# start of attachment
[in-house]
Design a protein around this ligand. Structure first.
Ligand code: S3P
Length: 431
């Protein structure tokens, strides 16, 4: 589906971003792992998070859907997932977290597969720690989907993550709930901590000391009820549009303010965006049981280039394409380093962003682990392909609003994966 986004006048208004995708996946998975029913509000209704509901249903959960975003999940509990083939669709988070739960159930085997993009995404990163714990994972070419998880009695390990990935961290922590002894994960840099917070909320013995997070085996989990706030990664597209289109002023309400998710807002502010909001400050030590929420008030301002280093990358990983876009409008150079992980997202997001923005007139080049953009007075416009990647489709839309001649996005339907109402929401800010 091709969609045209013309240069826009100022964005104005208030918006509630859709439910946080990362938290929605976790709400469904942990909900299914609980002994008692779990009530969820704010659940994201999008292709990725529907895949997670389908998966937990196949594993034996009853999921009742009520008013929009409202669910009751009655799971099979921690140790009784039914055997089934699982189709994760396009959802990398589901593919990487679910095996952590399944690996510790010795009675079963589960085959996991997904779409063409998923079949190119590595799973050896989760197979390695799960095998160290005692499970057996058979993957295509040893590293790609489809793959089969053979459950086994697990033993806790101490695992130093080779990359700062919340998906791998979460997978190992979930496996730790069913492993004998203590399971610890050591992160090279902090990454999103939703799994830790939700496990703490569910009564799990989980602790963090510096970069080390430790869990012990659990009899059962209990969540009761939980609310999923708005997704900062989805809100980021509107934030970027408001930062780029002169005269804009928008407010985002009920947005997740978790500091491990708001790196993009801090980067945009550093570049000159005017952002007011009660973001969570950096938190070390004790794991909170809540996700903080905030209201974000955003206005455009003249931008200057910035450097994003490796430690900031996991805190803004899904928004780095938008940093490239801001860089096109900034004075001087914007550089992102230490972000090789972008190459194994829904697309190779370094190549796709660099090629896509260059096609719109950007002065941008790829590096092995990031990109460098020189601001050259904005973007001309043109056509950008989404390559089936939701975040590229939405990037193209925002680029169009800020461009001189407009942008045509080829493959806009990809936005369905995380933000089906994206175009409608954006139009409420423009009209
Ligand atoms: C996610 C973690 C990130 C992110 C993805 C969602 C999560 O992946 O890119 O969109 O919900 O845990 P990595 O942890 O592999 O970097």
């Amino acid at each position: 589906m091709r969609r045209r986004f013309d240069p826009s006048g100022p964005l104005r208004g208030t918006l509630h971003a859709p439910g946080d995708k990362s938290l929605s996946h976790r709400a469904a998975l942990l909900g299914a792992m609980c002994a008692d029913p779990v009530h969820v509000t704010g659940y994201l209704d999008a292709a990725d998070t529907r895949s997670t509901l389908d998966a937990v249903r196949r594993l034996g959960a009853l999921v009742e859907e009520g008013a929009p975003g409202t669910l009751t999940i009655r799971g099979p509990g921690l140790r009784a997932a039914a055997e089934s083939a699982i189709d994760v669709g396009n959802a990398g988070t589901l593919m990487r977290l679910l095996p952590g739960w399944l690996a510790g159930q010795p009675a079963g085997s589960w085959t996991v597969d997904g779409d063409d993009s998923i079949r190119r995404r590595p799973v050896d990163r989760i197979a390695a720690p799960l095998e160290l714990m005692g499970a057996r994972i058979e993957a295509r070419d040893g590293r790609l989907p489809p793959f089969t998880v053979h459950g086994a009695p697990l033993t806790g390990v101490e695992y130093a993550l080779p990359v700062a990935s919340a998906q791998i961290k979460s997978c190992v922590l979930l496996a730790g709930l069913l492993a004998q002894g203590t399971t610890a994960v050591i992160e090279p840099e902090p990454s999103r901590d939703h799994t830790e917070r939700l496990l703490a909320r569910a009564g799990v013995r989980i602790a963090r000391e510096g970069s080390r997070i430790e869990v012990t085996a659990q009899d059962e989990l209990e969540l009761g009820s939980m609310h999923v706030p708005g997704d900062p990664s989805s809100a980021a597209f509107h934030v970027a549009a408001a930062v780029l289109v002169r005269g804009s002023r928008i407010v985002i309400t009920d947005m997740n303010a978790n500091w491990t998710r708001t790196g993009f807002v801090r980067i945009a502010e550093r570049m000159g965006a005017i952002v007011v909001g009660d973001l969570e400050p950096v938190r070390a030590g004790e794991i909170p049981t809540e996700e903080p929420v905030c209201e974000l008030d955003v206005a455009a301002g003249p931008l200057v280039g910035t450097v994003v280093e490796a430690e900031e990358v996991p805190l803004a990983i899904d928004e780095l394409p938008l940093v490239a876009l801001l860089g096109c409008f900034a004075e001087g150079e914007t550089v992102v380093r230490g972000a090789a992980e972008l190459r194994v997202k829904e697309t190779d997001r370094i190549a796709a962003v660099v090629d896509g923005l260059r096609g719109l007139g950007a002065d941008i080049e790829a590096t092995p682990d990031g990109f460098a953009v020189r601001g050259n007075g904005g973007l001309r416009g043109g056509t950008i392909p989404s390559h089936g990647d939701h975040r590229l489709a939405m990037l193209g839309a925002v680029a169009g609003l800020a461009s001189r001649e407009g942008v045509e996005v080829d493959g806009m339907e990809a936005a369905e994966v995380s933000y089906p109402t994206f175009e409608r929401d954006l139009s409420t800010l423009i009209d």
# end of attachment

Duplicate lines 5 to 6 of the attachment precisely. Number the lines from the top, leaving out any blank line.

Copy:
């Protein structure tokens, strides 16, 4: 589906971003792992998070859907997932977290597969720690989907993550709930901590000391009820549009303010965006049981280039394409380093962003682990392909609003994966 986004006048208004995708996946998975029913509000209704509901249903959960975003999940509990083939669709988070739960159930085997993009995404990163714990994972070419998880009695390990990935961290922590002894994960840099917070909320013995997070085996989990706030990664597209289109002023309400998710807002502010909001400050030590929420008030301002280093990358990983876009409008150079992980997202997001923005007139080049953009007075416009990647489709839309001649996005339907109402929401800010 091709969609045209013309240069826009100022964005104005208030918006509630859709439910946080990362938290929605976790709400469904942990909900299914609980002994008692779990009530969820704010659940994201999008292709990725529907895949997670389908998966937990196949594993034996009853999921009742009520008013929009409202669910009751009655799971099979921690140790009784039914055997089934699982189709994760396009959802990398589901593919990487679910095996952590399944690996510790010795009675079963589960085959996991997904779409063409998923079949190119590595799973050896989760197979390695799960095998160290005692499970057996058979993957295509040893590293790609489809793959089969053979459950086994697990033993806790101490695992130093080779990359700062919340998906791998979460997978190992979930496996730790069913492993004998203590399971610890050591992160090279902090990454999103939703799994830790939700496990703490569910009564799990989980602790963090510096970069080390430790869990012990659990009899059962209990969540009761939980609310999923708005997704900062989805809100980021509107934030970027408001930062780029002169005269804009928008407010985002009920947005997740978790500091491990708001790196993009801090980067945009550093570049000159005017952002007011009660973001969570950096938190070390004790794991909170809540996700903080905030209201974000955003206005455009003249931008200057910035450097994003490796430690900031996991805190803004899904928004780095938008940093490239801001860089096109900034004075001087914007550089992102230490972000090789972008190459194994829904697309190779370094190549796709660099090629896509260059096609719109950007002065941008790829590096092995990031990109460098020189601001050259904005973007001309043109056509950008989404390559089936939701975040590229939405990037193209925002680029169009800020461009001189407009942008045509080829493959806009990809936005369905995380933000089906994206175009409608954006139009409420423009009209
Ligand atoms: C996610 C973690 C990130 C992110 C993805 C969602 C999560 O992946 O890119 O969109 O919900 O845990 P990595 O942890 O592999 O970097």